And let it be Christmas everywhere
Let heavenly music fill the air
Let anger and fear and hate disappear
Let there be love that lasts through the year
And let it be Christmas
Christmas everywhere …”
“Let there be love that lasts through the year.”~ Alan Jackson
A sea of familiar, friendly faces gathered in one room for a celebration. The birthday boy could not account for so many loved ones at his surprise 60th birthday party. But that is how many people this one generous, loving person has touched, and countless more Gary will never know how he blessed through his music and smiling face. One humble life touched so many others as witnessed at this joyous occasion. I am one of the many friends fortunate enough to cross Gary’s path and know he is God’s own.
What legacy will you leave? I ask myself that question. I hope the joy found in God’s creations like the millions of plants, flowers, birds, clouds, the stars in the night sky, critters, and His people’s uniqueness are evident in my words shared. Creativity in words through stories, poems, and blogs as well as in the canvas of gardens, vignettes, and recipes where I have captured a glimpse of God’s goodness for each of us. I point the direction of our Creator. He has the answer to this world, and all its ills. Prayer is the key that unlocks (or locks) a billion “whys” and “why nots” I personally cannot own. God knows. He is all-knowing, Omni-present. It is His perfect timing. His perfect love. His Son, Jesus Christ. What is God whispering to you above the shouts of this world? What print will be imbedded on this Earth because you have been placed here for such a time as this?
Prayers, proposals, projects, lesson plans, puppy love, and plenty of laundry all in a week’s time. Last year it was a major yard project in building a rock and fountain garden as well as a pebble patio area and replanting some hydrangeas in the newly mulched area of the side yard. This year it is the sorting, then removal of home goods and furniture with major cleaning and sprucing up of my mother’s villa for the real estate market. Dean and I along with my brother and sister-in-law spent hours and hours of hard work these past 4 weeks. Carpentry, electrical, gardening, sorting, and scrubbing. Summer gave us the time for very purposed labor. The gift is one sparkling clean, revamped premium piece of real estate during a prime time market. We have prayed for the just right buyer and the St. Joseph statue is buried in the mum garden. “O Saint Joseph, do assist me by your powerful intercession, and obtain for me from your Divine Son all spiritual blessings, through Jesus Christ, our Lord, So that, having engaged here below your heavenly power, I may offer my thanksgiving and homage to the most Loving of Fathers”.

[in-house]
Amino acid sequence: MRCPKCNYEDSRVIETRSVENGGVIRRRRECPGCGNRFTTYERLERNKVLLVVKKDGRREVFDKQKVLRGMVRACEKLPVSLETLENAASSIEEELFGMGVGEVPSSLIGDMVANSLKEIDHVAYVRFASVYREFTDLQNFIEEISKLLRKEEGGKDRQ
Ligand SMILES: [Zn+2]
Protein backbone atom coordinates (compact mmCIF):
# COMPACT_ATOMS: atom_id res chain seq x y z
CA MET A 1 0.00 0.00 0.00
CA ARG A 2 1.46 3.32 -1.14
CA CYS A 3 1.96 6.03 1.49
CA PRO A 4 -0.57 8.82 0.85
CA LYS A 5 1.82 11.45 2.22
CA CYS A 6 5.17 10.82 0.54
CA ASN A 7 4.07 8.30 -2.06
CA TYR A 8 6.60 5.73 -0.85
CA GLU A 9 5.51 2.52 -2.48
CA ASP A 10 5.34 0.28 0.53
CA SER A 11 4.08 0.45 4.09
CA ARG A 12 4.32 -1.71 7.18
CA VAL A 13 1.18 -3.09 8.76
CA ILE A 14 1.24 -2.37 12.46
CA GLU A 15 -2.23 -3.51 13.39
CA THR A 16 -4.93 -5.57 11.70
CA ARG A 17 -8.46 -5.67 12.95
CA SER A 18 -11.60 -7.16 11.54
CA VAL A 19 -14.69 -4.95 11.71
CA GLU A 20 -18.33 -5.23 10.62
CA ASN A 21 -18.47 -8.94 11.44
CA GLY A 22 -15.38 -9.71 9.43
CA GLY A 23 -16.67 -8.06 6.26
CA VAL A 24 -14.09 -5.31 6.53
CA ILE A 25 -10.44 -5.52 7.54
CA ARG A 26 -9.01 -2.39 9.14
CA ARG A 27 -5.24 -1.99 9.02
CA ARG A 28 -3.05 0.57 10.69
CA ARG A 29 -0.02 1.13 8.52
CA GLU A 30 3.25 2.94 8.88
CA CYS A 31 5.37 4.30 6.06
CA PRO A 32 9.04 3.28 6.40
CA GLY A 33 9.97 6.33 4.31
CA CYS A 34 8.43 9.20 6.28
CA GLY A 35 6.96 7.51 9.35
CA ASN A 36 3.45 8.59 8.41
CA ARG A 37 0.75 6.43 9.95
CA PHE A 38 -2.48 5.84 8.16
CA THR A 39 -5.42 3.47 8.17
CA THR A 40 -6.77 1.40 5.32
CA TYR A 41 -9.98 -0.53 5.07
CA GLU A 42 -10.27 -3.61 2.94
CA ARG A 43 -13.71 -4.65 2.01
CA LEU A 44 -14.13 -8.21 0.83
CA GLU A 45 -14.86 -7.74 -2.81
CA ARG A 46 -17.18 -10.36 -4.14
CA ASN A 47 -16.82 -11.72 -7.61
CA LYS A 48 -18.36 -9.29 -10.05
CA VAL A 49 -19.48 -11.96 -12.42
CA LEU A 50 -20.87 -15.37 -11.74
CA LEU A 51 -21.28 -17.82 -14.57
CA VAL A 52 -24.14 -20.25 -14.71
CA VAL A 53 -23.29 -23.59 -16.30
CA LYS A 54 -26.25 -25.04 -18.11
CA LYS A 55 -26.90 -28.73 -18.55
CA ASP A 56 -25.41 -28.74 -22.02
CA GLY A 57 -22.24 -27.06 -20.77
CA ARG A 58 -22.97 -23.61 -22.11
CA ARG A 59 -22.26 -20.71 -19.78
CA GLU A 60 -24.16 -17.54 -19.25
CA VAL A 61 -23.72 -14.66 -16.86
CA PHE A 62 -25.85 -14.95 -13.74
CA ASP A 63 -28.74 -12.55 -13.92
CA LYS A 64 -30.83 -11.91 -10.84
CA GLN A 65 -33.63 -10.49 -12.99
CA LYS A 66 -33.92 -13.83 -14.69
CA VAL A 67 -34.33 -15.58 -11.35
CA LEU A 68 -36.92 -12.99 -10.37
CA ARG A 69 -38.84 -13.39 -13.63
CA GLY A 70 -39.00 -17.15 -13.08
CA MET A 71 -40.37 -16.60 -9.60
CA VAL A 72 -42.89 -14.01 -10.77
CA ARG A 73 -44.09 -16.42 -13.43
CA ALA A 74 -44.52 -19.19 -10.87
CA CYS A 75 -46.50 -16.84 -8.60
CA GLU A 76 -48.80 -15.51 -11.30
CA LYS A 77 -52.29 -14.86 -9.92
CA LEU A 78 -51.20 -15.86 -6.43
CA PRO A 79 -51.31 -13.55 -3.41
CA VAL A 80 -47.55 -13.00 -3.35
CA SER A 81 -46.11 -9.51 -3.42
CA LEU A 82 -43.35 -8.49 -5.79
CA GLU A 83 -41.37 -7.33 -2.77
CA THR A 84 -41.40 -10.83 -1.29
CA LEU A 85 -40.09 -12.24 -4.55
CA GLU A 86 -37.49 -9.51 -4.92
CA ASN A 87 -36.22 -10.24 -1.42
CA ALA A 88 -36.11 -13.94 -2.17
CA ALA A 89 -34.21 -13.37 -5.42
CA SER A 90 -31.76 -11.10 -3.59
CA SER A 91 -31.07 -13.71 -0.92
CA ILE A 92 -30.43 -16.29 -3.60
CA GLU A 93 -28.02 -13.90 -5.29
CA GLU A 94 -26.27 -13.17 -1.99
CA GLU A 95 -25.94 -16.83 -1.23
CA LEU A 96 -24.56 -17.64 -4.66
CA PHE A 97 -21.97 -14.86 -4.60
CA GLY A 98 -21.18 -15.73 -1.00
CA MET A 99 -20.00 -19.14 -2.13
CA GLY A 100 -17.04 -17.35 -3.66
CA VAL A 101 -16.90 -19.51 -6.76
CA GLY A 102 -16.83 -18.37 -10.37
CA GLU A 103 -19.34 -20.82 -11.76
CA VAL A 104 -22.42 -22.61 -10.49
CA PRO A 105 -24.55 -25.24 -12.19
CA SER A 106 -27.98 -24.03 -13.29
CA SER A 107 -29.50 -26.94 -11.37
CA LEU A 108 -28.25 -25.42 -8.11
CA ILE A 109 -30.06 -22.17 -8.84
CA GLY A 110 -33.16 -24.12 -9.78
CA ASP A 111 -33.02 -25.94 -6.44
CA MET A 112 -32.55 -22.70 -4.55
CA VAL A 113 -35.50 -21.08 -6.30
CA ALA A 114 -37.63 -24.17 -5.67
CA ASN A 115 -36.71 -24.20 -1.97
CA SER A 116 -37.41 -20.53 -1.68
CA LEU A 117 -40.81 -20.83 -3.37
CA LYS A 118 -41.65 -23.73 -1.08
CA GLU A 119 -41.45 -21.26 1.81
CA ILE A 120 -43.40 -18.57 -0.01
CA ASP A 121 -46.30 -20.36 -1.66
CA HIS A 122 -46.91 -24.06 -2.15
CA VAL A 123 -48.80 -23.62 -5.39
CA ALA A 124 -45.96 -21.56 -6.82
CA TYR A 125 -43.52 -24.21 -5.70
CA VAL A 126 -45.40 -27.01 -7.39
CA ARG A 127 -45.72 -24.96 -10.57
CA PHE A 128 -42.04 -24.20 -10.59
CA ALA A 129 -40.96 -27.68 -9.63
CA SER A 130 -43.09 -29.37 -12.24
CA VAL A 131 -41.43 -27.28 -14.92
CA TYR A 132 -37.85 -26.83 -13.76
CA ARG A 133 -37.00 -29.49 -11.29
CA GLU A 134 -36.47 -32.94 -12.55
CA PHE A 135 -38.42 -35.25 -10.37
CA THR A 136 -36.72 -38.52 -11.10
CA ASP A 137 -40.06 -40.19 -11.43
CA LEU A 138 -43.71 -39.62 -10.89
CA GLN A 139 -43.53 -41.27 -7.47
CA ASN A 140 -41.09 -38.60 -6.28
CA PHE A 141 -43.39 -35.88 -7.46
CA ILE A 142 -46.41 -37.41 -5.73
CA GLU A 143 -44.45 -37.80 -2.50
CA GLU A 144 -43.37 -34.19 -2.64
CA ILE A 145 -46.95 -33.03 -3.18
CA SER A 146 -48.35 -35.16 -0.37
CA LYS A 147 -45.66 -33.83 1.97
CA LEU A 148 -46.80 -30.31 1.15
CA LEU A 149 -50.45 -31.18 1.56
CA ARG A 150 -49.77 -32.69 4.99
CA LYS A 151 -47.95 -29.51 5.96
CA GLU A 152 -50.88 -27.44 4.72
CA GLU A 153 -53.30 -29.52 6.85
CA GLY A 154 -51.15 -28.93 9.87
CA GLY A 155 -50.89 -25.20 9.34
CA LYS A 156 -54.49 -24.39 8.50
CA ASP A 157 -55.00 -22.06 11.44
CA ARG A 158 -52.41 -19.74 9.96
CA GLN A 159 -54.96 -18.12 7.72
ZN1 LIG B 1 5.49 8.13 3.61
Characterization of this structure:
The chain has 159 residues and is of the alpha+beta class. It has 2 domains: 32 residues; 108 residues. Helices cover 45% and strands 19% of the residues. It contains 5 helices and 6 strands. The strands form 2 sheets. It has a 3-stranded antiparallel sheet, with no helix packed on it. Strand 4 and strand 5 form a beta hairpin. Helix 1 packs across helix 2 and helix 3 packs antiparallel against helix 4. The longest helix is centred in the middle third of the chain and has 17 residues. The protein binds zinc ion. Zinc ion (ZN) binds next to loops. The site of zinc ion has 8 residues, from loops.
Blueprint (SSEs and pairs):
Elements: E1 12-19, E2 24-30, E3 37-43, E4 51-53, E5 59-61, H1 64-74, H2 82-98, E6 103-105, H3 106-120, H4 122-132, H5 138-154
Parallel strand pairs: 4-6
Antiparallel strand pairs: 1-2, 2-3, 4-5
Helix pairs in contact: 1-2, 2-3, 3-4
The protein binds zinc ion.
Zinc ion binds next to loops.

Between jobs and the villa, we celebrated our youngest grandson’s first birthday last weekend and fostered the cutest rescue puppy ever for a week. I had wished we could have adopted him, but Dean and I aren’t ready for that long-term commitment yet. Peanut Butter goes to the loving home of Dean’s brother’s family. I believe these words ring true today that St. Francis shared many years ago. “Start by doing what is necessary; then do what’s possible; and suddenly you are doing the impossible.” We hosted two ladies at our Airbnb cottage over the weekend, the first time since COVID hit our area. There is plenty of laundry and sanitizing this Monday. September’s lesson plans and my class proposal for the spring semester are due this week. My “Soups On!” class needs more students. Interested to learn how to make my Italian stone soup, chicken-vegetable noodle soup, and my famous potato soup? Sign-up at http://www.stchas.edu/learnforlife under culinary classes/seasonal favorites. Guess what, four contracts came in after the Open House on the villa this past weekend! And these contracts are for more than we asked for! Thank you, God and St. Joseph! My siblings and I decided on an attractive contract, and its being worked on as I blog.